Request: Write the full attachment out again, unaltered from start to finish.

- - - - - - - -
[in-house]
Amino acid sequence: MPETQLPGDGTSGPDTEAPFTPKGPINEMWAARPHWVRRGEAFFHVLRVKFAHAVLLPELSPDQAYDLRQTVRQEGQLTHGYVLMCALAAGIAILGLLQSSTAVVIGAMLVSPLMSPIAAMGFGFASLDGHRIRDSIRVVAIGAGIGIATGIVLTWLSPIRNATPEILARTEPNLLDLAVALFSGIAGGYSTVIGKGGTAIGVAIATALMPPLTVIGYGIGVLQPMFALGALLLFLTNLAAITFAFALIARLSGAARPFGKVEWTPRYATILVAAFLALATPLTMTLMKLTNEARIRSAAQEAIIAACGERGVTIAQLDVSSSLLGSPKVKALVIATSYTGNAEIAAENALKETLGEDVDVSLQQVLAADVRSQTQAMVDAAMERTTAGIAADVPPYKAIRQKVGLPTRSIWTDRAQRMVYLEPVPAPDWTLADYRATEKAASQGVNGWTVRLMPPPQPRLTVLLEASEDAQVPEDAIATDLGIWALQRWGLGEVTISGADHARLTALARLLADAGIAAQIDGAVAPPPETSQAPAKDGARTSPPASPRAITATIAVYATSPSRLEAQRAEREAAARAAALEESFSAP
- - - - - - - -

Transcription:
[in-house]
Amino acid sequence: MPETQLPGDGTSGPDTEAPFTPKGPINEMWAARPHWVRRGEAFFHVLRVKFAHAVLLPELSPDQAYDLRQTVRQEGQLTHGYVLMCALAAGIAILGLLQSSTAVVIGAMLVSPLMSPIAAMGFGFASLDGHRIRDSIRVVAIGAGIGIATGIVLTWLSPIRNATPEILARTEPNLLDLAVALFSGIAGGYSTVIGKGGTAIGVAIATALMPPLTVIGYGIGVLQPMFALGALLLFLTNLAAITFAFALIARLSGAARPFGKVEWTPRYATILVAAFLALATPLTMTLMKLTNEARIRSAAQEAIIAACGERGVTIAQLDVSSSLLGSPKVKALVIATSYTGNAEIAAENALKETLGEDVDVSLQQVLAADVRSQTQAMVDAAMERTTAGIAADVPPYKAIRQKVGLPTRSIWTDRAQRMVYLEPVPAPDWTLADYRATEKAASQGVNGWTVRLMPPPQPRLTVLLEASEDAQVPEDAIATDLGIWALQRWGLGEVTISGADHARLTALARLLADAGIAAQIDGAVAPPPETSQAPAKDGARTSPPASPRAITATIAVYATSPSRLEAQRAEREAAARAAALEESFSAP